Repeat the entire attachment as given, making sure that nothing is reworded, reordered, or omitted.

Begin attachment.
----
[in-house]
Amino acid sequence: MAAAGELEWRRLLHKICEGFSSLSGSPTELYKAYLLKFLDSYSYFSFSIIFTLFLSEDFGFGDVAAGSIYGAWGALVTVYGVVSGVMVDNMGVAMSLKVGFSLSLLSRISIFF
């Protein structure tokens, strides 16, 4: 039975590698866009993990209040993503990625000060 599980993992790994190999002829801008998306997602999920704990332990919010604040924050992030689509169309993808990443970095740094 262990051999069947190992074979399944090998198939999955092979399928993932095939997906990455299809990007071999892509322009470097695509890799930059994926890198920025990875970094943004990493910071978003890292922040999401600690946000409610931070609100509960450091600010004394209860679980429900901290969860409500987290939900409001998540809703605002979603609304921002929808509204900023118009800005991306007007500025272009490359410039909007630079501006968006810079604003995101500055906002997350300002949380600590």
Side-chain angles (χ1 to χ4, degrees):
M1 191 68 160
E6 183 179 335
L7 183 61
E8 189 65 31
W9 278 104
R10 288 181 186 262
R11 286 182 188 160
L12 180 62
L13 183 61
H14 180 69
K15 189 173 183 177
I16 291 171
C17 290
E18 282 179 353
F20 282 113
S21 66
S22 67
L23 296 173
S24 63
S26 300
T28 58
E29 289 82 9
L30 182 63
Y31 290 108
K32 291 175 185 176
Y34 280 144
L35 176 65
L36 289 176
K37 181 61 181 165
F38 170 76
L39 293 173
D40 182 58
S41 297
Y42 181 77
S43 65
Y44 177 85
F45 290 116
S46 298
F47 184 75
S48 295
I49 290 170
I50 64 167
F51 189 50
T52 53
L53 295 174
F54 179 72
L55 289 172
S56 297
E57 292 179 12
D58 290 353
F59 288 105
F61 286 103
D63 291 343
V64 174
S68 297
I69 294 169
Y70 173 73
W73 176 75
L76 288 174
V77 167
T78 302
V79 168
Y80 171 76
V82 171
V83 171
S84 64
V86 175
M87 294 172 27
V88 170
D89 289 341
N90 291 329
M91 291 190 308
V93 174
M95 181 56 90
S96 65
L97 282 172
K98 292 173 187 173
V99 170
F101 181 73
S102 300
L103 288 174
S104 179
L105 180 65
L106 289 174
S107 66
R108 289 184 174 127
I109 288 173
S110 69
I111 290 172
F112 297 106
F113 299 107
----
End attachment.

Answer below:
[in-house]
Amino acid sequence: MAAAGELEWRRLLHKICEGFSSLSGSPTELYKAYLLKFLDSYSYFSFSIIFTLFLSEDFGFGDVAAGSIYGAWGALVTVYGVVSGVMVDNMGVAMSLKVGFSLSLLSRISIFF
């Protein structure tokens, strides 16, 4: 039975590698866009993990209040993503990625000060 599980993992790994190999002829801008998306997602999920704990332990919010604040924050992030689509169309993808990443970095740094 262990051999069947190992074979399944090998198939999955092979399928993932095939997906990455299809990007071999892509322009470097695509890799930059994926890198920025990875970094943004990493910071978003890292922040999401600690946000409610931070609100509960450091600010004394209860679980429900901290969860409500987290939900409001998540809703605002979603609304921002929808509204900023118009800005991306007007500025272009490359410039909007630079501006968006810079604003995101500055906002997350300002949380600590």
Side-chain angles (χ1 to χ4, degrees):
M1 191 68 160
E6 183 179 335
L7 183 61
E8 189 65 31
W9 278 104
R10 288 181 186 262
R11 286 182 188 160
L12 180 62
L13 183 61
H14 180 69
K15 189 173 183 177
I16 291 171
C17 290
E18 282 179 353
F20 282 113
S21 66
S22 67
L23 296 173
S24 63
S26 300
T28 58
E29 289 82 9
L30 182 63
Y31 290 108
K32 291 175 185 176
Y34 280 144
L35 176 65
L36 289 176
K37 181 61 181 165
F38 170 76
L39 293 173
D40 182 58
S41 297
Y42 181 77
S43 65
Y44 177 85
F45 290 116
S46 298
F47 184 75
S48 295
I49 290 170
I50 64 167
F51 189 50
T52 53
L53 295 174
F54 179 72
L55 289 172
S56 297
E57 292 179 12
D58 290 353
F59 288 105
F61 286 103
D63 291 343
V64 174
S68 297
I69 294 169
Y70 173 73
W73 176 75
L76 288 174
V77 167
T78 302
V79 168
Y80 171 76
V82 171
V83 171
S84 64
V86 175
M87 294 172 27
V88 170
D89 289 341
N90 291 329
M91 291 190 308
V93 174
M95 181 56 90
S96 65
L97 282 172
K98 292 173 187 173
V99 170
F101 181 73
S102 300
L103 288 174
S104 179
L105 180 65
L106 289 174
S107 66
R108 289 184 174 127
I109 288 173
S110 69
I111 290 172
F112 297 106
F113 299 107